Editor’s comment: It is well established that obesity increases the risk for severe asthma; however, the impact of eosinophilic inflammation on obese asthmatic patients remains controversial because of the lack of epidemiological data for the general population. To elucidate the correlations between blood eosinophil count and obesity in the general population, the authors assessed the correlations between BMI and eosinophil counts using a multifaceted approach, including cluster analysis, in a community-based Nagahama study in Japan. They found that there may be a positive association between blood eosinophil counts and BMI in general, but there was a negative correlation in the population with high eosinophil counts. In addition, GWAS and human leukocyte antigen (HLA) imputation identified the rs4713354 variant for elevated eosinophil counts, independent of BMI or IgE.
Editor’s comment: Pediatric atopic dermatitis (PAD) is frequently seen in dermatological and pediatric practices. Therefore, it is important to obtain common views regarding diagnosis, treatment, and evaluation methods for PAD among dermatologists and pediatricians. Based on questionnaire surveys, 24 dermatologists and 25 pediatricians discussed these issues in PAD Consensus Forums. As a result of these discussions, consensus on seven topics (three regarding treatment goals and four on drug therapy) was obtained (see this article for more information). The consensus is expected to help practitioners set appropriate treatment goals in clinical practice and facilitate the choice of drugs for treatment.
Editor’s comment: The prophylactic effects of breastfeeding on food allergy remain controversial. Matsumoto et al. conducted a retrospective cohort study of 46,616 children from the Longitudinal Survey of Newborns in the 21st Century in Japan to uncover the effects of breastfeeding on food allergy, focusing on eczema-mediated percutaneous sensitization. They showed that breastfeeding, especially colostrum, had prophylactic effects on food allergy only among high-risk children with infantile eczema, whereas prolonged breastfeeding increased the risk of food allergy, suggesting that infantile eczema status modifies the associations between breastfeeding and food allergy.
Editor’s comment: Many patients with allergic rhinitis are sensitized to multiple allergens. In this study, Gotoh et al. show the results of a trial of dual SLIT tablet therapy for allergic rhinitis to house dust mites (HDM) and to Japanese cedar pollen (JCP), the most common coexisting perennial and seasonal allergens in Japan. Patients received 4 weeks of monotherapy with either HDM or JCP SLIT tablets, followed by 8 weeks of dual therapy with both tablets. They found that dual therapy with SLIT tablets was well tolerated and induced the expected immunological responses.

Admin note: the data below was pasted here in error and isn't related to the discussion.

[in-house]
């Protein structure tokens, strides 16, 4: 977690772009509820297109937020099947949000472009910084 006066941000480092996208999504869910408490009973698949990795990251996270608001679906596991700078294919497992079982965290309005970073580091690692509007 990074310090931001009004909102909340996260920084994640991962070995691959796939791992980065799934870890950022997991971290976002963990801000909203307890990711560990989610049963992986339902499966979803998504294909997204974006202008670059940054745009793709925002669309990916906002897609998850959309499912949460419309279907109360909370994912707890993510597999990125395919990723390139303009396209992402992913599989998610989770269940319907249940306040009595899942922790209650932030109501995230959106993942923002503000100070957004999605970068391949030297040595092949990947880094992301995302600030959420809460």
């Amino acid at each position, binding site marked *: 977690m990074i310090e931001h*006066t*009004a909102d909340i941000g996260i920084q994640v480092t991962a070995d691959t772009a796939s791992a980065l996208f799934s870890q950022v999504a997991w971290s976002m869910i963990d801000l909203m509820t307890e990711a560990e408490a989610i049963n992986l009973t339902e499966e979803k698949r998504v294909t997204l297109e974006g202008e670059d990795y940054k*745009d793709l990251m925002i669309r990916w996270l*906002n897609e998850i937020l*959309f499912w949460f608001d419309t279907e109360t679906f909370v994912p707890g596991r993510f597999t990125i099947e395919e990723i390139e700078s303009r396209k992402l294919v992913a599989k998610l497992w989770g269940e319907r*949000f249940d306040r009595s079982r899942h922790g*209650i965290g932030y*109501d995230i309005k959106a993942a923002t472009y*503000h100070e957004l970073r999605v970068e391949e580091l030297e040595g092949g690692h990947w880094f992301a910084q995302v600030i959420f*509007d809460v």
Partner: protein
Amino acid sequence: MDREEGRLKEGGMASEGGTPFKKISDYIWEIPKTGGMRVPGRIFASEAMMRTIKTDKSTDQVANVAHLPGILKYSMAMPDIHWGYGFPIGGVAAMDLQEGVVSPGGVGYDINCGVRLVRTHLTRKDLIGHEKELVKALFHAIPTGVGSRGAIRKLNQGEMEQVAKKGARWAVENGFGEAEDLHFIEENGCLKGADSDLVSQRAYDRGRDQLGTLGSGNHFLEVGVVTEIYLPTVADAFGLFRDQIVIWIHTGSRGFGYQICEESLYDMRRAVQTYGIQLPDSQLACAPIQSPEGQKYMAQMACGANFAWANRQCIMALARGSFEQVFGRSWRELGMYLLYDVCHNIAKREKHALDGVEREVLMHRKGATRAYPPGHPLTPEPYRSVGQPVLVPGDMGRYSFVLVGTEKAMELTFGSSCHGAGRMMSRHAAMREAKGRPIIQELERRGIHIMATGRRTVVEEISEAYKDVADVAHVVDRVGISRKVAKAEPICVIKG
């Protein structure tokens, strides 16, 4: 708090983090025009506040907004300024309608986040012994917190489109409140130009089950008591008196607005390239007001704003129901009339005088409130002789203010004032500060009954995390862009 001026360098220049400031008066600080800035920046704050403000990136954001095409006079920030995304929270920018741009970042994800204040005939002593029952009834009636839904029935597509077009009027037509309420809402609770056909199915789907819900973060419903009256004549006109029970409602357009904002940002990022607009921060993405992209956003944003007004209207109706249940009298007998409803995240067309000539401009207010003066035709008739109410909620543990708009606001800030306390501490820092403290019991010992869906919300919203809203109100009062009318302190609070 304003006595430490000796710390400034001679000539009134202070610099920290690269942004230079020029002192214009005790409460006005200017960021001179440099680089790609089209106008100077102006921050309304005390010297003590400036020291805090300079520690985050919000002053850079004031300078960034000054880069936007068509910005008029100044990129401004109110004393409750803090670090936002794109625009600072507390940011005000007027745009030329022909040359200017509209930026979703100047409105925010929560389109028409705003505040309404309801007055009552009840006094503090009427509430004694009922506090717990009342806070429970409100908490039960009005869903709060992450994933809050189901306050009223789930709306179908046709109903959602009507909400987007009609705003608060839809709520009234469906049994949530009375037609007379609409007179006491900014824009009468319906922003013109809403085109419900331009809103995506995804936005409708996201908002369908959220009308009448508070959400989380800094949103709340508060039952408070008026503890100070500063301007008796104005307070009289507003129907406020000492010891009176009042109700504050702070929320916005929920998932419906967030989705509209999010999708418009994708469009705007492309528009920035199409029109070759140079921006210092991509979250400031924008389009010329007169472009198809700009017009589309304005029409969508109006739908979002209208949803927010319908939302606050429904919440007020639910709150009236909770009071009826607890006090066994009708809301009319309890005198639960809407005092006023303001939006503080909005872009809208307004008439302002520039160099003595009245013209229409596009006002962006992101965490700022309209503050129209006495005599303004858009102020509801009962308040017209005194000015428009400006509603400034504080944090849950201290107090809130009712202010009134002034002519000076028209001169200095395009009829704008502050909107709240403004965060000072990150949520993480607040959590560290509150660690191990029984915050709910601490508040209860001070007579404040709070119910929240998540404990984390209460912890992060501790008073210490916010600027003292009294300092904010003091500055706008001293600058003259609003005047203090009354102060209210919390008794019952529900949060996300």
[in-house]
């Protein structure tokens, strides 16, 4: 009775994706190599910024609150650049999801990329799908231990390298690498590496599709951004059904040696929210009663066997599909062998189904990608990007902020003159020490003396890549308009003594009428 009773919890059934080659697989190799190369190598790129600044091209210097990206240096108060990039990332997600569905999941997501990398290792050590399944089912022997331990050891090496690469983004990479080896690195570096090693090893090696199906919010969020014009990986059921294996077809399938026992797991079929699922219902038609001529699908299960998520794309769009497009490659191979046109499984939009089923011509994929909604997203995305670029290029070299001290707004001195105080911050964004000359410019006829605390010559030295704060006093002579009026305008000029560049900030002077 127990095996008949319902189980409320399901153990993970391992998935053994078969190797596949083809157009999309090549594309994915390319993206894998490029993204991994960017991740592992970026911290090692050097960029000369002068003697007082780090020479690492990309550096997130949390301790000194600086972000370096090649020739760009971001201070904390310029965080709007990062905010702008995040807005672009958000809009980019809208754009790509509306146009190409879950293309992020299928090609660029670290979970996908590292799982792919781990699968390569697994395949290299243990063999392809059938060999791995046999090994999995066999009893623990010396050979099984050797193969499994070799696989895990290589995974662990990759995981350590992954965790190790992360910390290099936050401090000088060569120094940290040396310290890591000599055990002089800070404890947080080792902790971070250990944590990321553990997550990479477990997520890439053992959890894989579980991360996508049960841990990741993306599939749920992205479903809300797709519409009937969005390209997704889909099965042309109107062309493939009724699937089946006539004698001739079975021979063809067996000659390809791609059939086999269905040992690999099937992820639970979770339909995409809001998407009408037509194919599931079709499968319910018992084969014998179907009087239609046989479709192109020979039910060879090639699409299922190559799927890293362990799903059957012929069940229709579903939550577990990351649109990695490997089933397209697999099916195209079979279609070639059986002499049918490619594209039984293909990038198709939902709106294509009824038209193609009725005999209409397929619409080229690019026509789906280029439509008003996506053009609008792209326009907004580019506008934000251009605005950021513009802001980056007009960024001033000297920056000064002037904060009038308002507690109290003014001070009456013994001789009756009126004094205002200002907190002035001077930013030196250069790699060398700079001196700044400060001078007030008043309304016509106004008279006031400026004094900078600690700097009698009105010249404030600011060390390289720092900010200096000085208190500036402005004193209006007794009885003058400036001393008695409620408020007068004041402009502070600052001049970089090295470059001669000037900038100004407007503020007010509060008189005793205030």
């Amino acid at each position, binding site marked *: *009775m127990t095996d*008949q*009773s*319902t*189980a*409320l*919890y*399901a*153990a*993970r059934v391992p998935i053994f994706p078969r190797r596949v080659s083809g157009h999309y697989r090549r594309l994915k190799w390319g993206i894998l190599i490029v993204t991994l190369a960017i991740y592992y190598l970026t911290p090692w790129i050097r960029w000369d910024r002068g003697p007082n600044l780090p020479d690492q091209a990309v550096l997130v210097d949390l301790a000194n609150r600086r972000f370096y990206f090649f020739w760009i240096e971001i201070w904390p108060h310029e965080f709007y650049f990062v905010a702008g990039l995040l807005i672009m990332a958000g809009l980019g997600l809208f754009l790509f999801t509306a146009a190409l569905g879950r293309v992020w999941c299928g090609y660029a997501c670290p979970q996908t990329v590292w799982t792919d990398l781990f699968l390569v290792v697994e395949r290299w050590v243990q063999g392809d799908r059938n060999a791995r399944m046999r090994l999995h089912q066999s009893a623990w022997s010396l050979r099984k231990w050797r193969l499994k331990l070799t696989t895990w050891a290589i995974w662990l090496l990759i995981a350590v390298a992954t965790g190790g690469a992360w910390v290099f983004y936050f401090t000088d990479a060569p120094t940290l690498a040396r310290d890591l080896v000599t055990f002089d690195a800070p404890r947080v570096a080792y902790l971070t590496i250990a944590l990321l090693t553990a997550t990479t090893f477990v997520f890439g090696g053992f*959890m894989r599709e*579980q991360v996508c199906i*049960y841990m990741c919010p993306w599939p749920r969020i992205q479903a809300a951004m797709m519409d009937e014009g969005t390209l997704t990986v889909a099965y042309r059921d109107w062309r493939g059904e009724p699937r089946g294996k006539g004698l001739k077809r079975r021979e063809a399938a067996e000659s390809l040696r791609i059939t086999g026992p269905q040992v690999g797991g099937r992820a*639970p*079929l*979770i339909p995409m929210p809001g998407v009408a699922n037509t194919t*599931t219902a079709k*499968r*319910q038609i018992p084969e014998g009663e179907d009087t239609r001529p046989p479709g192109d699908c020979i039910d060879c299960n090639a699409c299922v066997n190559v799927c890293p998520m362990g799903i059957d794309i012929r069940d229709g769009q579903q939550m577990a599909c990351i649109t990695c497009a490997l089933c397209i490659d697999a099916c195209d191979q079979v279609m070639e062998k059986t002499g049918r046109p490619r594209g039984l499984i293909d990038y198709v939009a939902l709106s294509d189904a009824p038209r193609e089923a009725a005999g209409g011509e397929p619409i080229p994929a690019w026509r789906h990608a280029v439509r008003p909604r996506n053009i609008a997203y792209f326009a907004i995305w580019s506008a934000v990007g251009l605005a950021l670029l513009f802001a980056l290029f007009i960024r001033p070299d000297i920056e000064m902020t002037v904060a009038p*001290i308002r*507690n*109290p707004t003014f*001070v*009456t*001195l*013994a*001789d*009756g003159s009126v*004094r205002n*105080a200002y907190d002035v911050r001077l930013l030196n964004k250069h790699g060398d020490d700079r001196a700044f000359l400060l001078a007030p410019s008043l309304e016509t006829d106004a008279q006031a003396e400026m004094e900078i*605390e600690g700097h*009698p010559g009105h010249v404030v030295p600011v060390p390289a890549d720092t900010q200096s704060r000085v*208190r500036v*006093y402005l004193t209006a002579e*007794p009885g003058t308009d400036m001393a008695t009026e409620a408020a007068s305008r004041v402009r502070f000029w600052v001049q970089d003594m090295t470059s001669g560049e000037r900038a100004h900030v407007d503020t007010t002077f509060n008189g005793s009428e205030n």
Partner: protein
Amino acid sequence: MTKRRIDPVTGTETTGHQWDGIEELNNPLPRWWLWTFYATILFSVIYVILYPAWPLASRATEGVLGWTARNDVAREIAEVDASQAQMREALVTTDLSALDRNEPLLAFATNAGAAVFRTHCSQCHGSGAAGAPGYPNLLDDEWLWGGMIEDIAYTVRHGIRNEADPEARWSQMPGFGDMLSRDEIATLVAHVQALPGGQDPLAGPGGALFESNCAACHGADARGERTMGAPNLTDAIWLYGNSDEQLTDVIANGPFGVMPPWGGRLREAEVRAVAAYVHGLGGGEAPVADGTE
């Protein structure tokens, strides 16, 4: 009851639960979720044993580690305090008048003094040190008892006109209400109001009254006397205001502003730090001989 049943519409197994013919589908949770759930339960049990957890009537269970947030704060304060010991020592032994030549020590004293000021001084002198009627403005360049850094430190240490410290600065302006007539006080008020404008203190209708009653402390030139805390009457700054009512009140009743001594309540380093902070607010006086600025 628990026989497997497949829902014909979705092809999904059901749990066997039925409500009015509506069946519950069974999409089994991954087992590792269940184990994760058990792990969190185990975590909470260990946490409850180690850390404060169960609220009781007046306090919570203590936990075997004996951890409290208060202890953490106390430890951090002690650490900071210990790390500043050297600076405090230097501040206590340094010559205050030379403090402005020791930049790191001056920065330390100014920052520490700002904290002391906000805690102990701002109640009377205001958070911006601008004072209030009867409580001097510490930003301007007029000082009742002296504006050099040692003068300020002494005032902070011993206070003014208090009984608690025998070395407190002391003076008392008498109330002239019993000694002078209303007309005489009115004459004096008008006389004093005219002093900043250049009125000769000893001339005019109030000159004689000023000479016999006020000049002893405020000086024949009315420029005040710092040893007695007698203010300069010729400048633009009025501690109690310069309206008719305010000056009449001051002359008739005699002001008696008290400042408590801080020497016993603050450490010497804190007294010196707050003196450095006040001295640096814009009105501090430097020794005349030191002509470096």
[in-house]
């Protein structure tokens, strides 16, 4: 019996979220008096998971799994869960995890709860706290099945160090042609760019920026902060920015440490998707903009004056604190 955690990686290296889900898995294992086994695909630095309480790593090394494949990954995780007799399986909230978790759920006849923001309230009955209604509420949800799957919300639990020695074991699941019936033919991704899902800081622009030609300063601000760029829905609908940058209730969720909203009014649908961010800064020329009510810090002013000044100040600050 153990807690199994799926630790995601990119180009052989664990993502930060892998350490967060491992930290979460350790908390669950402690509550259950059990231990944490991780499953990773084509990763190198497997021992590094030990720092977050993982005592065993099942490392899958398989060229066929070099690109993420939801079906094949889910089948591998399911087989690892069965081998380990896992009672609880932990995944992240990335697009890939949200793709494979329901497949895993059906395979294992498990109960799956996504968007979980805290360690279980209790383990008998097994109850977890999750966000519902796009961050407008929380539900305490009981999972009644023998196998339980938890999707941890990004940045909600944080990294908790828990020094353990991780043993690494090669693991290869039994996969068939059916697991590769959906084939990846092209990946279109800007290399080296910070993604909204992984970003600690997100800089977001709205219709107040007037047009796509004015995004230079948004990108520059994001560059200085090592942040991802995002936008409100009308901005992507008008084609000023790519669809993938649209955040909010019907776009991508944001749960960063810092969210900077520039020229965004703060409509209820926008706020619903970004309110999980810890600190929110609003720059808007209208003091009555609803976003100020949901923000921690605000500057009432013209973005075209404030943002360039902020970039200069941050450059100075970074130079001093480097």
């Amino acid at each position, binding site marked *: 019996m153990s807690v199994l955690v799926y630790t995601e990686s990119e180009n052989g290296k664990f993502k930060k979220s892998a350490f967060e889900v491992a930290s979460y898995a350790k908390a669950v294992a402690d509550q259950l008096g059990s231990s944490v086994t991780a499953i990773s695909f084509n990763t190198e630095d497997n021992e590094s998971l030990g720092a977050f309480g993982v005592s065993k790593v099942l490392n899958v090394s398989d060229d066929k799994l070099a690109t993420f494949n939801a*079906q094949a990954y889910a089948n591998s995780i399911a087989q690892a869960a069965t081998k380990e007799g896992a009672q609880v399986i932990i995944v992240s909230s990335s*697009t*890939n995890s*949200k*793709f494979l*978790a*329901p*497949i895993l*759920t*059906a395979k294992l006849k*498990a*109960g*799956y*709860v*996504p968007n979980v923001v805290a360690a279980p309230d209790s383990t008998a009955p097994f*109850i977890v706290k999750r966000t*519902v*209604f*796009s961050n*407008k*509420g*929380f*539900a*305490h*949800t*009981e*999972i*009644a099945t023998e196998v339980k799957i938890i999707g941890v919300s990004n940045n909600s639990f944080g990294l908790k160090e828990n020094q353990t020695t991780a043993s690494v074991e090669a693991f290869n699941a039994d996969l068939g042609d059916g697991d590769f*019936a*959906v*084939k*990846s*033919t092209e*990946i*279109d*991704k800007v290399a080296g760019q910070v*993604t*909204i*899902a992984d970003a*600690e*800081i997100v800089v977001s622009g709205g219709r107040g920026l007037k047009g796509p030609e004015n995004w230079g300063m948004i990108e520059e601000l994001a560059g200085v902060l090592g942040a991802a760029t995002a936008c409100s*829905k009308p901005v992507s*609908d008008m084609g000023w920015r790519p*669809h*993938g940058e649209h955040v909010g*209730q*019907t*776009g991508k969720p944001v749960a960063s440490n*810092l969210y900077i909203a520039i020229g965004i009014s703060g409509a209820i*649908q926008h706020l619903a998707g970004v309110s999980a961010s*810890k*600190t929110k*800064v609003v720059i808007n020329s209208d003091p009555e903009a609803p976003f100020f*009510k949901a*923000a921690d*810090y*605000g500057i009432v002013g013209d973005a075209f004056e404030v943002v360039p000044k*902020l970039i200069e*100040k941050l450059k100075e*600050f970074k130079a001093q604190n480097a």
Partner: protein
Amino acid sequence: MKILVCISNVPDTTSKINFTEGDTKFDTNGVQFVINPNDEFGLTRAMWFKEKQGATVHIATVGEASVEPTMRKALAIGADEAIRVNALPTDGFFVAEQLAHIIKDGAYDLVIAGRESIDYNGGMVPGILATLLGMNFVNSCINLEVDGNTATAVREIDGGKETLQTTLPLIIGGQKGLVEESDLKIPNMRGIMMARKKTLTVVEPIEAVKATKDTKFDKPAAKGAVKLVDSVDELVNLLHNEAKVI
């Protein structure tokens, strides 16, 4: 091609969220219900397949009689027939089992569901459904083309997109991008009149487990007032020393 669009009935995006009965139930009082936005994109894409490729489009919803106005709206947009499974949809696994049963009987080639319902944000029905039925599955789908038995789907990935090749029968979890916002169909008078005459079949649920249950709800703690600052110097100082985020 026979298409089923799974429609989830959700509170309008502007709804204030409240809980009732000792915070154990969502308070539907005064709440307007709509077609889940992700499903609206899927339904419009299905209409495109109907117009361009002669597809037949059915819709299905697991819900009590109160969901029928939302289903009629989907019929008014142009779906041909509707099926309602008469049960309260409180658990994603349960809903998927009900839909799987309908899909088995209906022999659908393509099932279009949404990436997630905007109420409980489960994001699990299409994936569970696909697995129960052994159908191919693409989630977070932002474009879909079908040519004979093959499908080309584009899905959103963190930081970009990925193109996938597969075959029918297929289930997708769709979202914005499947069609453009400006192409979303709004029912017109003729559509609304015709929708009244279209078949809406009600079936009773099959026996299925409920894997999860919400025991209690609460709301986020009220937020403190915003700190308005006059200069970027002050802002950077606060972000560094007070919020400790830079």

Review Series: Current research gaps and unmet clinical needs in food allergy
To prevent percutaneous sensitization to food allergens, skin barrier enhancements have been implemented. Dr. Kelleher et al. reviewed many articles on the topic “prevention of food allergy - skin barrier interventions”. Although a successful RCT to prevent food allergy with skin barrier enhancements has not yet be published, such trials are underway, with a pooled data meta-analysis named SCiPAD. And a large-scale RCT called PACI is ongoing to test the prevention of food allergy via early aggressive intervention in early-onset eczema.
Dr. Inomata mentions in her review that the external application of synthetic gibberellin was introduced as an agricultural treatment to increase and improve crop production and that gibberellin treatment can affect the amount of GRP produced in plant-derived foods and pollens. Thus, fruit GRP allergies brought us to a gap in food allergy research, necessitating a revisit of the mechanism of allergen sensitization, cross-reaction of allergens, oral tolerance induction, and oral tolerance disruption under the influence of artificial environmental change.
The food allergy epidemic in recent decades has raised social concerns around food-induced anaphylaxis and how best to deal with it from a public health perspective. In our clinical practice, avoidance of foods causing anaphylaxis should be advised for all patients and their caregivers as a matter of course. However, it is not easy to accurately identify which foods and how much of them (threshold dose) should be eliminated. Even after an accurate diagnosis has achieved, we still have the heavy task of educating stakeholders, including patients, not only on how to avoid allergenic foods but also on how to manage the patients in case of anaphylaxis. Prof. Muraro stated that the current scenario is still disappointing, in particular the underuse of an adrenaline auto injector as the first line therapy for anaphylaxis. She reviewed the challenges in diagnosing and managing food allergies and food anaphylaxis, focusing on educational interventions and providing insights into the role of a multidisciplinary and multiprofessional integrated approach as the ultimate lifesaver for patients with these allergies.